Individuals with type 1 diabetes mellitus (T1D) are at higher risk of epilepsy. T1D is a progressive immune-mediated disease and the etiology of epilepsy remains unknown in most. Glutamic acid decarboxylase (GAD) catalyzes GABA formation. GABA-secreting neurons and pancreatic beta cells are the major cells expressing GAD.
Cross-sectional study. Patients with T1D from a multiethnic population underwent GADA measurement to investigate possible association between T1D and epilepsy of unknown etiology.
T1D patients were analyzed (n = 375). Overall frequency of epilepsy was 5.9% (n = 22). Frequency of epilepsy of unknown etiology was 3.2% (n = 12). Of these, 8 (2.1%) had idiopathic generalized epilepsy (IGE) and 4 (1.1%) MRI-negative temporal lobe epilepsy (TLE). Patients with T1D and epilepsy of unknown etiology did not show differences in GADA frequency (83.3% vs 50%; p = 0.076); however, their titers were higher (106.9 ± 136.5 IU/mL; median 7; IQR 1.65-256 vs 10.2 ± 14.5 IU/ml; median 4.3; IQR 1.9-8.9; p = 0.019) compared to patients without epilepsy. Moreover, epilepsy of unknown etiology was associated with GADA titers ≥ 100 UI/mL [odds ratio (OR) 4.42, 95% CI 2.36-8.66].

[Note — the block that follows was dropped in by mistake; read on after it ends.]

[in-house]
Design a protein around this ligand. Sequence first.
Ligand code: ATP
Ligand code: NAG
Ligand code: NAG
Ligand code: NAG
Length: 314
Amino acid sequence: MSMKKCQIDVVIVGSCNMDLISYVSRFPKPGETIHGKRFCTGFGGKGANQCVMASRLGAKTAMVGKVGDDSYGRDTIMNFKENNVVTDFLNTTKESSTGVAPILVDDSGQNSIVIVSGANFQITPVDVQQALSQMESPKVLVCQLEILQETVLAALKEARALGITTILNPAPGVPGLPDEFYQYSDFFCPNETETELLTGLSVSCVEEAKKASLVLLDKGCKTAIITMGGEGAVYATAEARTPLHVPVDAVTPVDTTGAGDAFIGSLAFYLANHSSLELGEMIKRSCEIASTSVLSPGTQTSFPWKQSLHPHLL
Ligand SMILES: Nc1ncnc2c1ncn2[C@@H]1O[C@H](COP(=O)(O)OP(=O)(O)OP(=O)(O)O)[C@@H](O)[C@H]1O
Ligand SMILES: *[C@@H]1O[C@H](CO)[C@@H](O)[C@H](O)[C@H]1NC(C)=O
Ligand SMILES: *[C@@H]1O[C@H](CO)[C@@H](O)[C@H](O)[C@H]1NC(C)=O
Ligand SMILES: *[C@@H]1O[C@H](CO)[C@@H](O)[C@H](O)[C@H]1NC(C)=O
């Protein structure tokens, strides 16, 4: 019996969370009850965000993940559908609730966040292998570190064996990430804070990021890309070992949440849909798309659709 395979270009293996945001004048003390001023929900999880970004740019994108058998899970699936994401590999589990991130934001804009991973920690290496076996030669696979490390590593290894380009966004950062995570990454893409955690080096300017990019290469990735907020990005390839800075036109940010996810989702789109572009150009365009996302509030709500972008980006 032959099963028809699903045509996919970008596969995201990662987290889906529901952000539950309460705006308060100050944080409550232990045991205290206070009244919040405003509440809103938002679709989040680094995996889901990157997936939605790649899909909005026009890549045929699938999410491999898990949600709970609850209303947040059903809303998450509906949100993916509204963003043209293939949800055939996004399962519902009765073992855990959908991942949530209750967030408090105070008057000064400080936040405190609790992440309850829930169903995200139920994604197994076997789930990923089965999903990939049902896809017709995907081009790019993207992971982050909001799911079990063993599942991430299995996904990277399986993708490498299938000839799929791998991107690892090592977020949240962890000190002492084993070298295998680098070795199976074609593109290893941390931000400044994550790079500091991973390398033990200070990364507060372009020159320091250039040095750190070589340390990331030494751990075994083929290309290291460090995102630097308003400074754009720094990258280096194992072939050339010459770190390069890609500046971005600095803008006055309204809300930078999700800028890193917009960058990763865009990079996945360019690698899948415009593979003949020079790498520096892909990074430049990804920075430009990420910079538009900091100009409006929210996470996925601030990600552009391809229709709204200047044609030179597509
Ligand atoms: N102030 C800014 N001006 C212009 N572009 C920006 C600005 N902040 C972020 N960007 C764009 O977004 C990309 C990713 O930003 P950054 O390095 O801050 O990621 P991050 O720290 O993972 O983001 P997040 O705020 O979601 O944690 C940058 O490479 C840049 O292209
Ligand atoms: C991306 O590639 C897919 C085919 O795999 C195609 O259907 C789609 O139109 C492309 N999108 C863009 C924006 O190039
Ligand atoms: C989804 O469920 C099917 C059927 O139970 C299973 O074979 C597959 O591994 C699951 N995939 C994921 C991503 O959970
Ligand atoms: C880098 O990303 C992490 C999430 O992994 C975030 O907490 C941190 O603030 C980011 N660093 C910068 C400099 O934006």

Epilepsy frequency was elevated in patients with T1D and multiethnic background. Presence of epilepsy of unknown etiology was associated with high titers of GADA in this population with long-standing T1D, which has different ethnic and genetic background compared to previous studies. Further prospective studies are required to identify if GADA presence or its persistence are directly responsible for epilepsy in individuals with T1D.